Unforgettable journey for caregivers of dementia patients
Support channels helping to make Singapore more dementia-friendly
When the sun sets, Mr Pang Ah Leng, 88, gets confused.
He paces around his five-room flat in Choa Chu Kang, occasionally blurting out incomprehensible statements.
Sometimes, he removes his pants in the living room.
Mr Pang suffers from sundowning syndrome, a common symptom among Alzheimer's patients where sufferers get more disoriented and confused later in the day, said Dr Ng Chong Jin, a consultant at the department of geriatric medicine at Khoo Teck Puat Hospital (KTPH).
September is World Alzheimer's Month and last Thursday was World Alzheimer's Day. Alzheimer's disease is the most common type of dementia.
There are about 45,000 people with dementia in Singapore. By 2050, this is expected to increase fivefold to 241,000.
As our population ages, Singapore is working to become a more dementia-friendly country with 58 go-to points islandwide where dementia patients can receive assistance when they get lost. The Sree Narayana Mission Nursing Home in Yishun is the first 24-hour go-to point.
FORGET US NOT INITIATIVE
Under the Forget Us Not Initiative by KTPH and Lien Foundation, 2,000 Yishun residents are trained to support dementia patients.
Queenstown, Bedok, MacPherson and Hong Kah North are also dementia-friendly communities.
Senior Minister of State for Health Amy Khor said: "We need to work with the community and society at large to build ecosystems of care around our caregivers and their loved ones."
Such help is a godsend for caregivers like Mr Pang's son, Mr Pang Teck Chye, 60. The elder Mr Pang was diagnosed with Alzheimer's last year.
Since March last year, Mr Pang Ah Leng has gone missing more than 10 times. He was found by police and passers-by in places like Tuas, Thomson Road, Red Hill, Bukit Panjang and Clementi.
Mr Pang Teck Chye said: "We get so anxious because we have no idea where he is. Once, he fell while wandering in Tanjong Pagar and had to be taken to hospital because he was badly bruised."
The elder Mr Pang was referred by the Agency for Integrated Care to Hong Kah North Day Care Centre, which provides careservices for 40 elderly patients.
His son said the elder Mr Pang is happier now: "He was reluctant to go at first. Now he looks forward to seeing his new friends. His temper has improved too."
Dr Ng said it can be overwhelming for caregivers after the initial diagnosis, especially when they are not familiar with dementia.
When Ms Foo Mui Leng, 57, realised her father, Mr Foo Kok Chien, 84, had Alzheimer's, she shook in fear. She recalled: "I was asking myself, 'what am I going to do?'"
Symptoms of dementia
- Poor or decreased judgment
- Changes in mood or behaviour
- Changes in personality
- Confusion of time and place
- Difficulty solving problems or planning
- Memory loss that affects day-to-day functions
- Misplacing things
- Problems communicating
- Difficulty doing familiar tasks
- Withdrawal from work or social activities
Source: Health Promotion Board
Her father immersed himself in watching TV and forgot to bathe. He insisted on eating identical meals and refused medication by throwing tantrums.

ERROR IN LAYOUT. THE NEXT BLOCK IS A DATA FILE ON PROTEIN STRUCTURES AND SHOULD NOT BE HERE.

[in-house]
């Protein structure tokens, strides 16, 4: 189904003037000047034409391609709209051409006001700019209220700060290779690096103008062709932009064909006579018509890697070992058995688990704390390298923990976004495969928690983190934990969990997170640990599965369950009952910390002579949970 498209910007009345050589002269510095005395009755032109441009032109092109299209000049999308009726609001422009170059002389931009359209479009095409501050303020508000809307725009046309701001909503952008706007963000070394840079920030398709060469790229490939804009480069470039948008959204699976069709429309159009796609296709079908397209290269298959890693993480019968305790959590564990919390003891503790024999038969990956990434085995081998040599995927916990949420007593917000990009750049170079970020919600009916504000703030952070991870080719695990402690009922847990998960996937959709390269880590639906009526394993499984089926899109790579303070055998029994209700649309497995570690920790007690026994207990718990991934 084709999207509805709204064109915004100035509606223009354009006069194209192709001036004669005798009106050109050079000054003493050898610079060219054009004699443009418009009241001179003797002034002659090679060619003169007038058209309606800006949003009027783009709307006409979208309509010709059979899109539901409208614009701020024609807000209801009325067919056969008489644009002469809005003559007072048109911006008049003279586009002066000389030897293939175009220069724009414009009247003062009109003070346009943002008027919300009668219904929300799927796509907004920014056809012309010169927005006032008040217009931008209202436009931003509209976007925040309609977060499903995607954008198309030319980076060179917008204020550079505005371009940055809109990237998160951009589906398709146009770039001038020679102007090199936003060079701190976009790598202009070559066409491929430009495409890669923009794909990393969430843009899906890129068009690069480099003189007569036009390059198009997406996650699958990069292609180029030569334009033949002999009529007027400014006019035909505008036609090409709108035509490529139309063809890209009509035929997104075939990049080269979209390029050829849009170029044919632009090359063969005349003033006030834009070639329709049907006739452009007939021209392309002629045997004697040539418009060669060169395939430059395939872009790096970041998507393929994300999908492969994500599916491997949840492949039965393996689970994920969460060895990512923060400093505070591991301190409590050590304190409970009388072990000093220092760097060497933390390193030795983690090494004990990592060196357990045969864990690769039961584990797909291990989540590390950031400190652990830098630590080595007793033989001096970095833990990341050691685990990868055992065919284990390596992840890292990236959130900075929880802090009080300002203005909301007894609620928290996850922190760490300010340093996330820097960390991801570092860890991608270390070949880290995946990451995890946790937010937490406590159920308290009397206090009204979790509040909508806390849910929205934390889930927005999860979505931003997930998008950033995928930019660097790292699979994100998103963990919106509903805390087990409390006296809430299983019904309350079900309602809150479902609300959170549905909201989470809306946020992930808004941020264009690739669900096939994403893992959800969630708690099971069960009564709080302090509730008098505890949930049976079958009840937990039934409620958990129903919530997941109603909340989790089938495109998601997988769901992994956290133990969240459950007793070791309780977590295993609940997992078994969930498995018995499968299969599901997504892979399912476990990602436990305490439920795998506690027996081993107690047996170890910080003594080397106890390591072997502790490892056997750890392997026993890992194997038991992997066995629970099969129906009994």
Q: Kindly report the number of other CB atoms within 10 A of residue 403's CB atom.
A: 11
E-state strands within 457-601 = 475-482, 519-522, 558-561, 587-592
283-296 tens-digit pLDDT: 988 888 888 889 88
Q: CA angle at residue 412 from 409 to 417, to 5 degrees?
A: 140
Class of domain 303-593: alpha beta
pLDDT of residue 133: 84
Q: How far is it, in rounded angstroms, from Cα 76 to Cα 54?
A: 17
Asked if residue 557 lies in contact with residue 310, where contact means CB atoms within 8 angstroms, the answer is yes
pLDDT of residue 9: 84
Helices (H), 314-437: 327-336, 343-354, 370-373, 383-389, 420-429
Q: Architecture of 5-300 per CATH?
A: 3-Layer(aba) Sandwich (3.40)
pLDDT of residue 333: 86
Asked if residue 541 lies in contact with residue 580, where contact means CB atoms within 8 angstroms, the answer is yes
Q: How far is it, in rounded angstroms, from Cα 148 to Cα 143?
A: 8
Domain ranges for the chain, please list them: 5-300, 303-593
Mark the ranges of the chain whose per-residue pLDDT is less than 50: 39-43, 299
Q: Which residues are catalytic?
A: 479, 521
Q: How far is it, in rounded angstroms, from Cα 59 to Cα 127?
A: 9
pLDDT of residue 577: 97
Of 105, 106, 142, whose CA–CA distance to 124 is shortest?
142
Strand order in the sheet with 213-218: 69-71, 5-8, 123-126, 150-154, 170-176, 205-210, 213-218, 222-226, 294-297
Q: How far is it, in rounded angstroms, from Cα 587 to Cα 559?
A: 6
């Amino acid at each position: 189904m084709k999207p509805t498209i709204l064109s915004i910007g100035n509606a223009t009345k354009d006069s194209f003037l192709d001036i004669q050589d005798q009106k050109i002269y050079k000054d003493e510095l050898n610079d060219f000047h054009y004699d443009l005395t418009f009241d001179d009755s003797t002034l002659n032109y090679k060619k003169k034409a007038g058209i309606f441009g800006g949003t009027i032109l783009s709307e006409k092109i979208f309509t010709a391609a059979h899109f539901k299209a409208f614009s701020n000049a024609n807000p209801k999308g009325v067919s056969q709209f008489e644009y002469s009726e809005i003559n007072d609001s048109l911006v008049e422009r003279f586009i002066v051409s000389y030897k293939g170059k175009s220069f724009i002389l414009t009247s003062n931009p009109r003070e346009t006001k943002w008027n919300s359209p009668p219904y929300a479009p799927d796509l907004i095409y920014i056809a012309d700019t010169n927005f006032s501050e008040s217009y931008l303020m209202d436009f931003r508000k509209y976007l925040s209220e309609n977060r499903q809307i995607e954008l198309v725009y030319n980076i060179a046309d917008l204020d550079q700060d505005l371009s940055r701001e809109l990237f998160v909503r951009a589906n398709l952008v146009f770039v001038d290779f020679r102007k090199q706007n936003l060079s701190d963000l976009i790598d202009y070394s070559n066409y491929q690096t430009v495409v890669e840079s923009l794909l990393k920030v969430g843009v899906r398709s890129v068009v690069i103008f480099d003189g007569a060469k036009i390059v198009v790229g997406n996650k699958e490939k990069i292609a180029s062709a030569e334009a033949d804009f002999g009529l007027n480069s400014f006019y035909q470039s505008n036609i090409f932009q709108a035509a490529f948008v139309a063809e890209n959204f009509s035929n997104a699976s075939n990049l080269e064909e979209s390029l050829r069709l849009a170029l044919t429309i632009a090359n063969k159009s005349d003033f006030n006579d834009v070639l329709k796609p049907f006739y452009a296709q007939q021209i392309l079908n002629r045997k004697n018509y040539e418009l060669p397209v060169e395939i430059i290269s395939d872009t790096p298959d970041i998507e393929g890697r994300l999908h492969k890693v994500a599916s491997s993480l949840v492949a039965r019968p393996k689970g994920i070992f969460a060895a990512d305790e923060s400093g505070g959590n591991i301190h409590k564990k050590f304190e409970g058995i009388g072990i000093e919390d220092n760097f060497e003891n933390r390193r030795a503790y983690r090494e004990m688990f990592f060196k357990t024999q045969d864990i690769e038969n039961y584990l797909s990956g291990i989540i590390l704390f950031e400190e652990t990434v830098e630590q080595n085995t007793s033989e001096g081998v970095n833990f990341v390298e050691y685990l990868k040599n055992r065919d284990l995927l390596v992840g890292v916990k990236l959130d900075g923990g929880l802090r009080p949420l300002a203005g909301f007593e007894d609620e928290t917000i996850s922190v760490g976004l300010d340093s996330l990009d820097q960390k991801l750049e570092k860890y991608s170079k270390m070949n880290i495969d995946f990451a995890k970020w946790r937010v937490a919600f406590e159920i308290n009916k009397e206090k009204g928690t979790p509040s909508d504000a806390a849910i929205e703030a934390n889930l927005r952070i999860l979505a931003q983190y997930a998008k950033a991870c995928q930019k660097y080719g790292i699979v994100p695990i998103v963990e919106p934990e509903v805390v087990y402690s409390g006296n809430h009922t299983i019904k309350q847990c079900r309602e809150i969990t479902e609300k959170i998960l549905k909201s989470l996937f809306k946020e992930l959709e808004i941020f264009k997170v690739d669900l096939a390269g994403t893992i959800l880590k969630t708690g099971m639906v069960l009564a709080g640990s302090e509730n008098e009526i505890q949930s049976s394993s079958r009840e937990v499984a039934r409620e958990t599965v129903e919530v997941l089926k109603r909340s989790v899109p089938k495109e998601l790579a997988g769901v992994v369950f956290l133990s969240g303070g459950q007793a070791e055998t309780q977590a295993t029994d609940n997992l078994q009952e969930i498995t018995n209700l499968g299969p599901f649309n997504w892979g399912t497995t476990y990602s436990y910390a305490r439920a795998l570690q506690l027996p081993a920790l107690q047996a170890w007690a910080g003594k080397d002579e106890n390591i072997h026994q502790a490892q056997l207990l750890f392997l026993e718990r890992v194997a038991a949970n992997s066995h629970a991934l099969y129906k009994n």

"He behaves like a child sometimes," said Ms Foo. They also had problems communicating as he was partially deaf.
Hearing loss is a dementia risk factor identified in a study published in The Lancet, a leading medical journal. Other notable factors include diabetes, physical inactivity, smoking and late-life depression.
Ms Foo struggled to deal with her father's symptoms and experienced frequent burn-outs. "I was lost. It was a foreign situation for me," she said.
Overwhelmed with stress, she approached Hua Mei Dementia Care System (DCS) for help. The organisation's home intervention team provided Ms Foo caregiver support and guidance.
Ms Foo said: "It is tough and I'm still learning, but luckily I have their help. They are like angels in my life."
Dr Ng emphasised caregivers should tap on channels of support in the community.
Ms Ng Swee Larn, 57, attended support groups and counselling sessions by the Alzheimer's Disease Association (ADA) while caring for her mother, Madam Soo Hoo Bong Har, 85, who had mixed dementia and died in March this year of pancreatic cancer.
The support channels provided Ms Ng with a safe avenue to open up about her feelings. She struggled with frustration and grief when her outgoing mother became socially withdrawn.
Madam Soo Hoo would lock herself in the bedroom to avoid interacting with people and became depressed.
"Mum was not the mum I knew anymore," said Ms Ng.
Ms Ng Jek Mui, a senior social worker from ADA said: "Caregivers experience a sense of loss because they miss how their loved ones were like before."
On her caregiving journey, Ms Ng Swee Larn said: "There were ups and downs, but also many unexpected treasures. I focused on creating happy memories and appreciating little moments."
She recalled how her mother held her hands and stroked them lovingly.
Ms Ng Jek Mui said dementia patients express their appreciation with gestures as cognitive impairment makes verbal expression harder for them.
Caregiving can also be a rewarding journey, she added.
It gave Mr Pang Teck Chye, whose parents broke up when he was young, a chance to rebuild his relationship with his estranged father.When his older brother struggled to cope as the sole caregiver, Mr Pang Teck Chye stepped in to help.
He said: "Caregiving should be a shared responsibility. It is impossible to do it alone."
Mr Pang hopes to show his children the importance of filial piety by setting an example.
"No matter what, he is still my father and I will never give up on him," he said.